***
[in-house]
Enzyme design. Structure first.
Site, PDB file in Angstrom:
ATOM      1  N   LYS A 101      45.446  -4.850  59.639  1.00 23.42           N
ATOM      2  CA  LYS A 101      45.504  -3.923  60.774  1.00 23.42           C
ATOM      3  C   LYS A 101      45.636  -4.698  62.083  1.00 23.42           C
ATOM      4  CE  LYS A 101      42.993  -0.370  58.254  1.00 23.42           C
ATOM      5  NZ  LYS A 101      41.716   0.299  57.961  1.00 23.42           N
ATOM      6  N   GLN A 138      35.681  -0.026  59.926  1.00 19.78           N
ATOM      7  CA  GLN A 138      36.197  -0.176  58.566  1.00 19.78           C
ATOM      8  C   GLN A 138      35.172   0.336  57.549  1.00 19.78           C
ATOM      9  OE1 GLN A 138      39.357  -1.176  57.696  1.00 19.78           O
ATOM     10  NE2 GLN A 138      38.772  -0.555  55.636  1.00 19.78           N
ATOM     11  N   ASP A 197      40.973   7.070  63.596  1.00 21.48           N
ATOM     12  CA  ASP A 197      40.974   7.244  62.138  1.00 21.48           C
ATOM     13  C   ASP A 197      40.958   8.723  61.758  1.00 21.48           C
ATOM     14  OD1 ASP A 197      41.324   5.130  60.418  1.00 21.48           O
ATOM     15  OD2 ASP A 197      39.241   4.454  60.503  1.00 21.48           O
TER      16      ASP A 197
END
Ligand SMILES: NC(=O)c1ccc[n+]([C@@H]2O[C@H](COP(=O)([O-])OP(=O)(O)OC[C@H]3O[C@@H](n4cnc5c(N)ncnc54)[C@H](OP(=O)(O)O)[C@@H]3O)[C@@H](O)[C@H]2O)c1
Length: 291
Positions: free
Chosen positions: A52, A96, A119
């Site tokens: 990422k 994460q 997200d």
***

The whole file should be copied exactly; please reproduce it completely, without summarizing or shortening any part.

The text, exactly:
[in-house]
Enzyme design. Structure first.
Site, PDB file in Angstrom:
ATOM      1  N   LYS A 101      45.446  -4.850  59.639  1.00 23.42           N
ATOM      2  CA  LYS A 101      45.504  -3.923  60.774  1.00 23.42           C
ATOM      3  C   LYS A 101      45.636  -4.698  62.083  1.00 23.42           C
ATOM      4  CE  LYS A 101      42.993  -0.370  58.254  1.00 23.42           C
ATOM      5  NZ  LYS A 101      41.716   0.299  57.961  1.00 23.42           N
ATOM      6  N   GLN A 138      35.681  -0.026  59.926  1.00 19.78           N
ATOM      7  CA  GLN A 138      36.197  -0.176  58.566  1.00 19.78           C
ATOM      8  C   GLN A 138      35.172   0.336  57.549  1.00 19.78           C
ATOM      9  OE1 GLN A 138      39.357  -1.176  57.696  1.00 19.78           O
ATOM     10  NE2 GLN A 138      38.772  -0.555  55.636  1.00 19.78           N
ATOM     11  N   ASP A 197      40.973   7.070  63.596  1.00 21.48           N
ATOM     12  CA  ASP A 197      40.974   7.244  62.138  1.00 21.48           C
ATOM     13  C   ASP A 197      40.958   8.723  61.758  1.00 21.48           C
ATOM     14  OD1 ASP A 197      41.324   5.130  60.418  1.00 21.48           O
ATOM     15  OD2 ASP A 197      39.241   4.454  60.503  1.00 21.48           O
TER      16      ASP A 197
END
Ligand SMILES: NC(=O)c1ccc[n+]([C@@H]2O[C@H](COP(=O)([O-])OP(=O)(O)OC[C@H]3O[C@@H](n4cnc5c(N)ncnc54)[C@H](OP(=O)(O)O)[C@@H]3O)[C@@H](O)[C@H]2O)c1
Length: 291
Positions: free
Chosen positions: A52, A96, A119
């Site tokens: 990422k 994460q 997200d």